One thing most abusive relationships have in common is that the abusive partner does many different kinds of things to have more power and control over their partners. -National Domestic Violence Hotline

Controllers have beliefs of entitlement that they get to do harmful things to others. -Dr. Lynne Namka

Anyone who tries to convince a woman that she is unworthy or deserves psychological, verbal, or physical abuse, is wrong and needs help. Even if a woman consents to acts of harmful aggressive physical or sexual behavior by another, it is still a form of violence and it is abuse.

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(c) By April McCallum, Destiny’s Women™ – “Championing the Life, Freedom & Destiny of Women”

Warning Signs & Red Flags: Abuse Defined

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Domestic Violence is a Choice

Let’s be clear on the issue of Violence Against Women. If a man physically and/or psychologically abuses a woman, it is not by accident and it is not by mistake… It is by choice. I posted an article on this issue in 2011 titled, Domestic Violence: But He Really is a Good Person. Here’s an excerpt:

How many times have you heard a woman say these words after she’s been abused: “But he really is a good person”. She then goes into all of the things that have been difficult in his life, all of the things that have kept him down and made him a victim.

As if to say what?  He really doesn’t mean to be a bad person. Just look at his life, the cards were stacked against him. As if to say: Because of his past, he doesn’t have a personal choice in his future actions? As if to say: If those bad things didn’t happen in his life he wouldn’t be the way he is today. Wouldn’t he?

Over and over we have seen statistics and read stories about women who have been caught in the storm of violence perpetrated by a husband or lover—someone she knows intimately.  They sit on their friends’ couches, in their therapist’s office, in a bar, or at a police station, with their bruises, cuts and outward scars. They say things like: “But he really is a good person.  I know he didn’t mean to do it.  He loves me.” Read Full Article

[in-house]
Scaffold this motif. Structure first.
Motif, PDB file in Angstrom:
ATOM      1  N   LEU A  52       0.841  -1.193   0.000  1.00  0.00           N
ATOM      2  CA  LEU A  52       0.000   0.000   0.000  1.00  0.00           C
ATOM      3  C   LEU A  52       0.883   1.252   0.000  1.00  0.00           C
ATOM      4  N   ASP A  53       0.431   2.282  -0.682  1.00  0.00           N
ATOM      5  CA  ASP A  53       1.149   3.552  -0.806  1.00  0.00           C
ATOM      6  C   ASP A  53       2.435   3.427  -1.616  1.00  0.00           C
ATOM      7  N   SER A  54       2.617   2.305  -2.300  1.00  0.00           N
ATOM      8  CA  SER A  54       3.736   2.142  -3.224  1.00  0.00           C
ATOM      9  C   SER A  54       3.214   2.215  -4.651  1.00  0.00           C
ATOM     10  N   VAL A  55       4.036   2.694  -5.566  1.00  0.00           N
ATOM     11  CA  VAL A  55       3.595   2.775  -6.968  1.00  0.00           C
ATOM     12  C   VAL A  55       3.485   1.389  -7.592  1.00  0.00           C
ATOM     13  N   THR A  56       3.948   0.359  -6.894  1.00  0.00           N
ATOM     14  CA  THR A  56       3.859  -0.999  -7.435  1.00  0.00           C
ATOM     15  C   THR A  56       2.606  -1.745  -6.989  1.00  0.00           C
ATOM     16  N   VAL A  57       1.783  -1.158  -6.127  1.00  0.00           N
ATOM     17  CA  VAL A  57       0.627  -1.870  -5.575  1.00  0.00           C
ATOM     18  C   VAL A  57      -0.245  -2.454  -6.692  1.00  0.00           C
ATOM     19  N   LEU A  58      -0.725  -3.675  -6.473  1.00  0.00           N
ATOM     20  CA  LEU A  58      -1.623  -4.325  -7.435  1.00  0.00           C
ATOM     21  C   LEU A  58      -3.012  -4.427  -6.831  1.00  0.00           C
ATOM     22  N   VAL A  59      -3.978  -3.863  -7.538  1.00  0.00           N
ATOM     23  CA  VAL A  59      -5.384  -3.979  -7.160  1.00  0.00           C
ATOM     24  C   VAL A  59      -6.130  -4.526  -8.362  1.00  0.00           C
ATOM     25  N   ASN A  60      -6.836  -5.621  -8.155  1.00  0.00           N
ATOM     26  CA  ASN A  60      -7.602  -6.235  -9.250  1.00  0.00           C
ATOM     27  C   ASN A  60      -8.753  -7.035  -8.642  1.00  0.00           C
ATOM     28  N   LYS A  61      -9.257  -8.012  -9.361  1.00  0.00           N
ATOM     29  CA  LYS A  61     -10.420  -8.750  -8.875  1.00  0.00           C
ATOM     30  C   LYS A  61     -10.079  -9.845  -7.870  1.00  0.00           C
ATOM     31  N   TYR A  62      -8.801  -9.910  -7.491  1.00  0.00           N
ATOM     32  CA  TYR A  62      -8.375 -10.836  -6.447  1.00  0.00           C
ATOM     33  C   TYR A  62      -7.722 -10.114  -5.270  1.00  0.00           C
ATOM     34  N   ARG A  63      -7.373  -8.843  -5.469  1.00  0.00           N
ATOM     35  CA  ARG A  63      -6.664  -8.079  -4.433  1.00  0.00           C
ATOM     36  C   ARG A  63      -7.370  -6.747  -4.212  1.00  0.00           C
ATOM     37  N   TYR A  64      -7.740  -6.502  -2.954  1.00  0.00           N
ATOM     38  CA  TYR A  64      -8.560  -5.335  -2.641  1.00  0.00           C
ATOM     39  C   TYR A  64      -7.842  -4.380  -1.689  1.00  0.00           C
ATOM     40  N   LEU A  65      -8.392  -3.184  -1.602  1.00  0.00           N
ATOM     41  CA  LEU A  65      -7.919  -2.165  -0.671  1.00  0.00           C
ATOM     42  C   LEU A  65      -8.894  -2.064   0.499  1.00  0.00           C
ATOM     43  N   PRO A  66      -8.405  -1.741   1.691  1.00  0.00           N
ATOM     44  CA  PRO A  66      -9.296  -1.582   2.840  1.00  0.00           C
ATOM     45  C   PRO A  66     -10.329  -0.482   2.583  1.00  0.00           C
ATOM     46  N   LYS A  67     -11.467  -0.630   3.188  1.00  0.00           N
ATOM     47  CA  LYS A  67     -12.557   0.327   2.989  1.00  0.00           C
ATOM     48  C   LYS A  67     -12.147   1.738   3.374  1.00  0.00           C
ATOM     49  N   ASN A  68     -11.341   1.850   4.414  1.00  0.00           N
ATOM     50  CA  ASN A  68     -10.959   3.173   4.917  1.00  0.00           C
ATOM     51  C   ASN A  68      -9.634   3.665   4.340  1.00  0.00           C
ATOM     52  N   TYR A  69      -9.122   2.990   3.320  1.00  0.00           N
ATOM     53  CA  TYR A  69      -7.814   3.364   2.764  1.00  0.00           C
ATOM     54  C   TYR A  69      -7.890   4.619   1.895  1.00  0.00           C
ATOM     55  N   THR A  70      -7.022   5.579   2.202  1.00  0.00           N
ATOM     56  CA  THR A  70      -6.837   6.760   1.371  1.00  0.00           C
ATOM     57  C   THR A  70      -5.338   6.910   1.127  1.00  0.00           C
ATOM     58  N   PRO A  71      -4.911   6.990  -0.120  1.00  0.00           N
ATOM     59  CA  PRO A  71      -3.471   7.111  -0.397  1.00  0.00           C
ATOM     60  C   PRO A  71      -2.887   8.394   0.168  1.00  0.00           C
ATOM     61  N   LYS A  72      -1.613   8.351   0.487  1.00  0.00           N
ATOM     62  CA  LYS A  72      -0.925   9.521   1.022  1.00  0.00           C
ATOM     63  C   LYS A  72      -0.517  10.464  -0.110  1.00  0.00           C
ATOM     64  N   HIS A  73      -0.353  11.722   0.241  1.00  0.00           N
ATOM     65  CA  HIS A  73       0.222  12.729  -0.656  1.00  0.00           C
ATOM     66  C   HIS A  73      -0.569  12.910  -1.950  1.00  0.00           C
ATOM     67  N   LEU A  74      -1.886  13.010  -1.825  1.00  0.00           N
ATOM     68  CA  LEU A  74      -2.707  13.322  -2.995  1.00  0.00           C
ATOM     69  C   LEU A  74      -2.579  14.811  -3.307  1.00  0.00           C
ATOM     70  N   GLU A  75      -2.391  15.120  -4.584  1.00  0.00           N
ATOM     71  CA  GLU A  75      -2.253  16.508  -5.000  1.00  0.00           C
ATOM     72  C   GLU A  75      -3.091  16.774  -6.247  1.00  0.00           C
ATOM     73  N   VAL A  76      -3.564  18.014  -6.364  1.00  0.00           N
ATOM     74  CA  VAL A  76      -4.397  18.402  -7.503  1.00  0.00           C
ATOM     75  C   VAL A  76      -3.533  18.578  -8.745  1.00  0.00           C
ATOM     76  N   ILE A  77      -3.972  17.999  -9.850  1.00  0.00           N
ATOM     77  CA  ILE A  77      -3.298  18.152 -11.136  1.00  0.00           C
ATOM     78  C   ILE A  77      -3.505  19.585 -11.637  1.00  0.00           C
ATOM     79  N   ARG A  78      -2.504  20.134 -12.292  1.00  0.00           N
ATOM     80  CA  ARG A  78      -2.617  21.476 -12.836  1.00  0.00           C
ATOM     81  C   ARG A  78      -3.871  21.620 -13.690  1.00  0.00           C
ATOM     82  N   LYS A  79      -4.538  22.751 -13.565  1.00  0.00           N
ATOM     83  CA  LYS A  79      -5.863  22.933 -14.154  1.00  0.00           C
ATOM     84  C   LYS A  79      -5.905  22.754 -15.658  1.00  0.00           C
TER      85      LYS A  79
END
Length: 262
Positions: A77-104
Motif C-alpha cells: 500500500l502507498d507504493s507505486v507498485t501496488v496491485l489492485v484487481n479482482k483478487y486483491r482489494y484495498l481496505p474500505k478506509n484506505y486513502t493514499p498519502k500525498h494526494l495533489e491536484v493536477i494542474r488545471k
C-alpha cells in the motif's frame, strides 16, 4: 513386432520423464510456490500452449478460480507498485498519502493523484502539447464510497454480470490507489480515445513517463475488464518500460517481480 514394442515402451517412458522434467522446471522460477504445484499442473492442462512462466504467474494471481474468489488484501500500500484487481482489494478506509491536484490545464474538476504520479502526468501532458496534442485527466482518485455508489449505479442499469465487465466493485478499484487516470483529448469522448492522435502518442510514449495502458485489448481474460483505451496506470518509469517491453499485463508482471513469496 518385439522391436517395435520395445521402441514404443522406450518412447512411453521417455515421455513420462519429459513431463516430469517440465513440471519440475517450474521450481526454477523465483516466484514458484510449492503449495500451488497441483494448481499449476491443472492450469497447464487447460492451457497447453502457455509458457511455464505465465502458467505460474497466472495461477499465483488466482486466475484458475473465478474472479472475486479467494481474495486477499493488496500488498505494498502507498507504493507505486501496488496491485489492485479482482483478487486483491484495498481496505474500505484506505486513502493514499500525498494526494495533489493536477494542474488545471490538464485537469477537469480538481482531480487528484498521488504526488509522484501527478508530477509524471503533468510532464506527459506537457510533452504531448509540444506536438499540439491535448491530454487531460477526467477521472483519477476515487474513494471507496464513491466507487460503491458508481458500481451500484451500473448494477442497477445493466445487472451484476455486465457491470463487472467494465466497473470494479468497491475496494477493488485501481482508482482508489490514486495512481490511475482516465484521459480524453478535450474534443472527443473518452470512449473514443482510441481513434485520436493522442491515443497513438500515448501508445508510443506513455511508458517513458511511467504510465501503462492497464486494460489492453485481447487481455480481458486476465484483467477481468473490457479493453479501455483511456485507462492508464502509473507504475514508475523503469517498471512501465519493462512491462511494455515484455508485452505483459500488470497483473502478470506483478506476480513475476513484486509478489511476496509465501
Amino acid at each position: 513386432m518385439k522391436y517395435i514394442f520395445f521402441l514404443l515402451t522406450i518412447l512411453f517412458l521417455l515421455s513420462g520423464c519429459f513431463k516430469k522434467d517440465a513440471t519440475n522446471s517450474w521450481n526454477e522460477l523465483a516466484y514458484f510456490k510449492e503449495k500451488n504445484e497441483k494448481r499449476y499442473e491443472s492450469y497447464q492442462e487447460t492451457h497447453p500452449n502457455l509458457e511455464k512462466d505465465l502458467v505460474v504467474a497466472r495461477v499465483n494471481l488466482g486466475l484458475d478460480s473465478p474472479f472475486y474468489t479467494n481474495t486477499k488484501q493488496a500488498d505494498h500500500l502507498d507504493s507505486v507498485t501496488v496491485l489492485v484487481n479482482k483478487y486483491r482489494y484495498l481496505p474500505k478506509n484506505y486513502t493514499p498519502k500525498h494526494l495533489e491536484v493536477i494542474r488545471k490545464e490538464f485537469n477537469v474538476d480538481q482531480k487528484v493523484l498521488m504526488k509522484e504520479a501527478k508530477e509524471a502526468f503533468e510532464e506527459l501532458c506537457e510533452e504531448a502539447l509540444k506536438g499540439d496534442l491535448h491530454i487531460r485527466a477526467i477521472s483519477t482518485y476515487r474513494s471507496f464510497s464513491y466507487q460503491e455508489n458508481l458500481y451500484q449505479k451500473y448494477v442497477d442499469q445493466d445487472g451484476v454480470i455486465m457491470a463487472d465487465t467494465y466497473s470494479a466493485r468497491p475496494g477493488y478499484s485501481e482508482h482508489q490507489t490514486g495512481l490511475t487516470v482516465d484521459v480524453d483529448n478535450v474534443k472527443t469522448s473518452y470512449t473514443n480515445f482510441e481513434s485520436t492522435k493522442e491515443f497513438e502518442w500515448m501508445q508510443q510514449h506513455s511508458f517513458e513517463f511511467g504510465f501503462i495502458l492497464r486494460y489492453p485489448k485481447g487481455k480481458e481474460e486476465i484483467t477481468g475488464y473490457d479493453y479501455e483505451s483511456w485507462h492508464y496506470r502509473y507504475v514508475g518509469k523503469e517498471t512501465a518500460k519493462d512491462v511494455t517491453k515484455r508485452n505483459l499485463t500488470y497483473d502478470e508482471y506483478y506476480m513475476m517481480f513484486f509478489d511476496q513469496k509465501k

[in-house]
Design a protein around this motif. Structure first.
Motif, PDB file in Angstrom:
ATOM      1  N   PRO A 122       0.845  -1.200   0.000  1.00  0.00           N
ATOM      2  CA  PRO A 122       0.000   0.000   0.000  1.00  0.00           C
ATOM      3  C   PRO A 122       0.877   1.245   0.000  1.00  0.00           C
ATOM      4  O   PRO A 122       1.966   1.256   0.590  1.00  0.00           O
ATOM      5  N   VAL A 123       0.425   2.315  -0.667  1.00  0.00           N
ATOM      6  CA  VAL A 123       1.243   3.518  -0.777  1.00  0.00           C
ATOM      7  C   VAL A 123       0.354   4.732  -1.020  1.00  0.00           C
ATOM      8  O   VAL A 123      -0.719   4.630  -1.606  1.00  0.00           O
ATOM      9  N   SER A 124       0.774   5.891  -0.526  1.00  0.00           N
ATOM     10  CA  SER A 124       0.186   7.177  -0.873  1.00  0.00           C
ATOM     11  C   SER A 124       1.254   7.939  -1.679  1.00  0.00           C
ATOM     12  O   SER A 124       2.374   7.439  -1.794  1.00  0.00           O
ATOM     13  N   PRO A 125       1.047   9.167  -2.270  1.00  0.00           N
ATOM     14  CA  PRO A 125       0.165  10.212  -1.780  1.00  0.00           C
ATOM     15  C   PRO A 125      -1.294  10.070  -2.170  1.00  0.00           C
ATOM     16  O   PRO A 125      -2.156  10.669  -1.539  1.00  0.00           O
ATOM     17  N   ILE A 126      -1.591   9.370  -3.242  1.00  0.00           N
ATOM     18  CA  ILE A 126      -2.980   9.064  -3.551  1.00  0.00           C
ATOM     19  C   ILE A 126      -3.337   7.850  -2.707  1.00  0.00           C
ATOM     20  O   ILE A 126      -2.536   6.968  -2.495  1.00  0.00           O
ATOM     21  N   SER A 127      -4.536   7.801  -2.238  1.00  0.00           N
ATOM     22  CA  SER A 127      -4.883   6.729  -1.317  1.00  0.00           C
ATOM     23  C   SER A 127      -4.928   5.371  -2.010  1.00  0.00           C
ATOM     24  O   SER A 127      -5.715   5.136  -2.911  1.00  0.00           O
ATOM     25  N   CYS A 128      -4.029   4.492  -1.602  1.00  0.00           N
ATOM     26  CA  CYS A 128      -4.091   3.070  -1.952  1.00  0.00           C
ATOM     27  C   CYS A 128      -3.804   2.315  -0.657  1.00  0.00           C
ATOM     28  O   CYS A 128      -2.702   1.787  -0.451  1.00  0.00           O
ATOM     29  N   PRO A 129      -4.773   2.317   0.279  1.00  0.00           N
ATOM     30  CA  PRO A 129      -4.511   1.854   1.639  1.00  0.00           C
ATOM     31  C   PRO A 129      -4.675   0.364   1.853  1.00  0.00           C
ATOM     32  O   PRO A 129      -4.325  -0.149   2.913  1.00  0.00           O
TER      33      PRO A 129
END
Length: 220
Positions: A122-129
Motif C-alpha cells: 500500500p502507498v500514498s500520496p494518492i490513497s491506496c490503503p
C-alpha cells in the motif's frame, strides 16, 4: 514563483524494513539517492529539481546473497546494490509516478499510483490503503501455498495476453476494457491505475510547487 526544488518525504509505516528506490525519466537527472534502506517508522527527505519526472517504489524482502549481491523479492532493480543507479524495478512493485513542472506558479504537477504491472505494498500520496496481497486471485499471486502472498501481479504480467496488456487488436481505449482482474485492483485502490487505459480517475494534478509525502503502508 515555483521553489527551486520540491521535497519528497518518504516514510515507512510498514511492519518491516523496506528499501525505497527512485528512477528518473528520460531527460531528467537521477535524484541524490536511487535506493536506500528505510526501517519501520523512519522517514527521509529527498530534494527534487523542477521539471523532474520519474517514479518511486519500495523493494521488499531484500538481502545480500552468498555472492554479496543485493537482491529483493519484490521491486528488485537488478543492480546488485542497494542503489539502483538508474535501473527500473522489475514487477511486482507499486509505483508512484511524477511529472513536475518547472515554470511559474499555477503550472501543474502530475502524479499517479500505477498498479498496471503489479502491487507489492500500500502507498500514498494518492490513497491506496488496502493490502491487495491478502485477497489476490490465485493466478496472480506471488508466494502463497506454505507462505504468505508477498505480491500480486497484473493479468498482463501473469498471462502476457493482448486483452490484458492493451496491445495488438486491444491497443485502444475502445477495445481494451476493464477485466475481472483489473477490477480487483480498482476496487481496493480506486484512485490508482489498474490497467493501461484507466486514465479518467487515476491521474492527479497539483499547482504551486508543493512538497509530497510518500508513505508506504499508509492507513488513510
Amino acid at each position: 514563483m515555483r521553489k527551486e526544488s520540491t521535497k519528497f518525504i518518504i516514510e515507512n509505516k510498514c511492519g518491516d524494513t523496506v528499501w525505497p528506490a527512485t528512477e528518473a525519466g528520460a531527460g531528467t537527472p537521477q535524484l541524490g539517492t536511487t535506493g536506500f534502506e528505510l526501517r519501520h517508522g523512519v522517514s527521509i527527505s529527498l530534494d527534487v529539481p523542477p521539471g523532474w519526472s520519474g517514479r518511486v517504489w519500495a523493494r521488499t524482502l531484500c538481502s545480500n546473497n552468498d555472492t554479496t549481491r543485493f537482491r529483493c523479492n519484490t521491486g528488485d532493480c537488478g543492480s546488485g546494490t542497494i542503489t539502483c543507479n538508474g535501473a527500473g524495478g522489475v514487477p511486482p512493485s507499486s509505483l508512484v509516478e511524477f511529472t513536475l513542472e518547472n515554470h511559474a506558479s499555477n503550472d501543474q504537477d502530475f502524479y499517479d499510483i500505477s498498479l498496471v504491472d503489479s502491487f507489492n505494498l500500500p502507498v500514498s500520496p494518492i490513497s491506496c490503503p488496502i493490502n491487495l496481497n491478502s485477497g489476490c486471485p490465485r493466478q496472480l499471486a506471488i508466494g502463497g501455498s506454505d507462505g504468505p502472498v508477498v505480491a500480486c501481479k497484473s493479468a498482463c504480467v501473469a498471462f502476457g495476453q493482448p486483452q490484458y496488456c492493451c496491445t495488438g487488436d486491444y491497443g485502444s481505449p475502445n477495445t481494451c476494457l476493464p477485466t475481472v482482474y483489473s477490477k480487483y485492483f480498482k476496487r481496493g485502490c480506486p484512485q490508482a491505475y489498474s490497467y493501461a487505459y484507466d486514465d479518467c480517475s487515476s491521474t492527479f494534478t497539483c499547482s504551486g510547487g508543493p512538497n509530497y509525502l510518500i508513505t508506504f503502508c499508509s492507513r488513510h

Every woman, every person, deserves to live their life to its fullness. Free from fear, free from torment, free from abuse, and the list goes on. Everyone deserves to love and be loved fully and freely. Take the first step to love yourself enough to be free. You are worth it!

National Domestic Violence Hotline: 1-800-799-SAFE (7233)

Join me on Twitter @DestinysWomen

(c) By April McCallum, Destiny’s Women™ – ”Championing the Life, Freedom & Destiny of Women”

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Domestic Violence: But He Really is a Good Person

How many times have you heard a woman say these words after she’s been abused: “But he really is a good person”. She then goes into all of the things that have been difficult in his life, all of the things that have kept him down and made him a victim.

The Victim Card

As if to say what?  He really doesn’t mean to be a bad person. Just look at his life, the cards were stacked against him. As if to say: Because of his past, he doesn’t have a personal choice in his future actions? As if to say: If those bad things didn’t happen in his life he wouldn’t be the way he is today. Wouldn’t he?